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Int J Circumpolar Health. 1998;57 Suppl 1:503-9.

Preventing deaths in Alaska's commercial fishing industry.

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Centers for Disease Control and Prevention, Division of Safety Research, Anchorage, USA.



The arctic and sub-arctic waters of Alaska provide a very hazardous work setting, with special hazards posed by great distances, seasonal darkness, cold waters, high winds, brief fishing seasons, and icing. Our intent is to reduce the remarkably high occupational fatality rate (200/100,000/year in 1991-1992) among Alaska's commercial fishing workers. Over 90% of these deaths have been due to drowning or drowning plus hypothermia, primarily associated with vessel capsizings and sinkings.


Comprehensive surveillance for commercial fishing occupational fatalities was established during 1991 in Alaska. During 1990 through 1994, the U.S. Commercial Fishing Industry Vessel Safety Act of 1988 required the implementation of comprehensive prevention measures for all fishing vessels in offshore cold waters, including immersion suits and other personal flotation devices, survival craft (life rafts), emergency position-indicating radio beacons, and crew training in emergency response and first aid. Parallel to this, voluntary training efforts by nonprofit organizations have greatly increased.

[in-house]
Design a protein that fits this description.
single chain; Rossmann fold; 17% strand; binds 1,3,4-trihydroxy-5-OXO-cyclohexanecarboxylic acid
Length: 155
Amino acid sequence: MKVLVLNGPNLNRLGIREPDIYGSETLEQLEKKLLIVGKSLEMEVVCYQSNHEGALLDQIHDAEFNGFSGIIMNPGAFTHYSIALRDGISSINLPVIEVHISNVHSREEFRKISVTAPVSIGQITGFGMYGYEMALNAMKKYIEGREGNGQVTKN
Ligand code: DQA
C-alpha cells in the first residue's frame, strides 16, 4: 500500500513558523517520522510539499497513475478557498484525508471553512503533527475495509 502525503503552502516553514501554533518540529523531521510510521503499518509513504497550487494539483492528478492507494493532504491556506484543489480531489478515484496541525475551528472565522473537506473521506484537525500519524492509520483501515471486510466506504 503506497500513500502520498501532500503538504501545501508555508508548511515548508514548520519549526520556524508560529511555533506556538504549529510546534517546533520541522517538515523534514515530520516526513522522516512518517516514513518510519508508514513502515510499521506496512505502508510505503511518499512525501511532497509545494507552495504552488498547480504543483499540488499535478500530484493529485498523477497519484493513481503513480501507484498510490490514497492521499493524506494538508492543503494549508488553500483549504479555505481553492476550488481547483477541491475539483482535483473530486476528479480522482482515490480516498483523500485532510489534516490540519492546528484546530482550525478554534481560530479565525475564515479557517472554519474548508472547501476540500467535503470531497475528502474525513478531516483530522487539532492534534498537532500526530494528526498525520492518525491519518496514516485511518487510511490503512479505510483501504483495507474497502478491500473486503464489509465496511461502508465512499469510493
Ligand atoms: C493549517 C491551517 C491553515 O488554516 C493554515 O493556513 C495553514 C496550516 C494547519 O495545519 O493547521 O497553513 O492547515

During 1990-1994, drowning was the leading cause of occupational death in Alaska. During this period, 117 fishers died, 101 of them from drowning or drowning/hypothermia. During 1991-1994, there was a substantial decrease in Alaskan commercial fishing-related deaths, from 34 in 1991 to 35 in 1992, 22 in 1993, and 10 in 1994. While man-overboard drownings and some other categories of deaths (falls, fires) have continued to occur, the most marked progress has been in vessel-related events.


Specific measures tailored to prevent drowning in vessel capsizings and sinkings in Alaska's commercial fishing industry have been very successful so far. Additional efforts must be made to reduce the frequency of vessel events and to prevent man-overboard events and drownings associated with them.

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